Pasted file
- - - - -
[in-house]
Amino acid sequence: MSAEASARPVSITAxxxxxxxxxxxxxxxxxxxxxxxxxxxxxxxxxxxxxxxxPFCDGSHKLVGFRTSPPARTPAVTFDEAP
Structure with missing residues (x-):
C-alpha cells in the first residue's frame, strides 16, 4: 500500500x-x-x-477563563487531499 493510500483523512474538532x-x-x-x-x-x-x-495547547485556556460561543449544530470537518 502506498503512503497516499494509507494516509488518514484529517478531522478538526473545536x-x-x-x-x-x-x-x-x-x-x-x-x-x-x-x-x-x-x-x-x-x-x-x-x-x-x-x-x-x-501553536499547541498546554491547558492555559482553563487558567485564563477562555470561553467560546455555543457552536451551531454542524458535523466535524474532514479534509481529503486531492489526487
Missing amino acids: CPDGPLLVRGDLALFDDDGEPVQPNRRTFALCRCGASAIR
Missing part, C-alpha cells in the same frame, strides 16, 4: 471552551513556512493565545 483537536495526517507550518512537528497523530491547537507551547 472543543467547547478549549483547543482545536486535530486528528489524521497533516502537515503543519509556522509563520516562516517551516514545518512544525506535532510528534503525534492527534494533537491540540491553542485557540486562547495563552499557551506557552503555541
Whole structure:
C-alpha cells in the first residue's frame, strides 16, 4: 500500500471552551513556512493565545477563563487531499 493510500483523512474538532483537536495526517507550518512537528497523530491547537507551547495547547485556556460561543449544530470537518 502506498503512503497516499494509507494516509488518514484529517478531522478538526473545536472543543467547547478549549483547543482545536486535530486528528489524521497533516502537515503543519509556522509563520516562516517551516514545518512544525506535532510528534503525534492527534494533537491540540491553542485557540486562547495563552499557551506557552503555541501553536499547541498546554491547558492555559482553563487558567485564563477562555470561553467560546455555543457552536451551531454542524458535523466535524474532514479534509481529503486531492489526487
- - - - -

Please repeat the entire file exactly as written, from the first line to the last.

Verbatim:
[in-house]
Amino acid sequence: MSAEASARPVSITAxxxxxxxxxxxxxxxxxxxxxxxxxxxxxxxxxxxxxxxxPFCDGSHKLVGFRTSPPARTPAVTFDEAP
Structure with missing residues (x-):
C-alpha cells in the first residue's frame, strides 16, 4: 500500500x-x-x-477563563487531499 493510500483523512474538532x-x-x-x-x-x-x-495547547485556556460561543449544530470537518 502506498503512503497516499494509507494516509488518514484529517478531522478538526473545536x-x-x-x-x-x-x-x-x-x-x-x-x-x-x-x-x-x-x-x-x-x-x-x-x-x-x-x-x-x-501553536499547541498546554491547558492555559482553563487558567485564563477562555470561553467560546455555543457552536451551531454542524458535523466535524474532514479534509481529503486531492489526487
Missing amino acids: CPDGPLLVRGDLALFDDDGEPVQPNRRTFALCRCGASAIR
Missing part, C-alpha cells in the same frame, strides 16, 4: 471552551513556512493565545 483537536495526517507550518512537528497523530491547537507551547 472543543467547547478549549483547543482545536486535530486528528489524521497533516502537515503543519509556522509563520516562516517551516514545518512544525506535532510528534503525534492527534494533537491540540491553542485557540486562547495563552499557551506557552503555541
Whole structure:
C-alpha cells in the first residue's frame, strides 16, 4: 500500500471552551513556512493565545477563563487531499 493510500483523512474538532483537536495526517507550518512537528497523530491547537507551547495547547485556556460561543449544530470537518 502506498503512503497516499494509507494516509488518514484529517478531522478538526473545536472543543467547547478549549483547543482545536486535530486528528489524521497533516502537515503543519509556522509563520516562516517551516514545518512544525506535532510528534503525534492527534494533537491540540491553542485557540486562547495563552499557551506557552503555541501553536499547541498546554491547558492555559482553563487558567485564563477562555470561553467560546455555543457552536451551531454542524458535523466535524474532514479534509481529503486531492489526487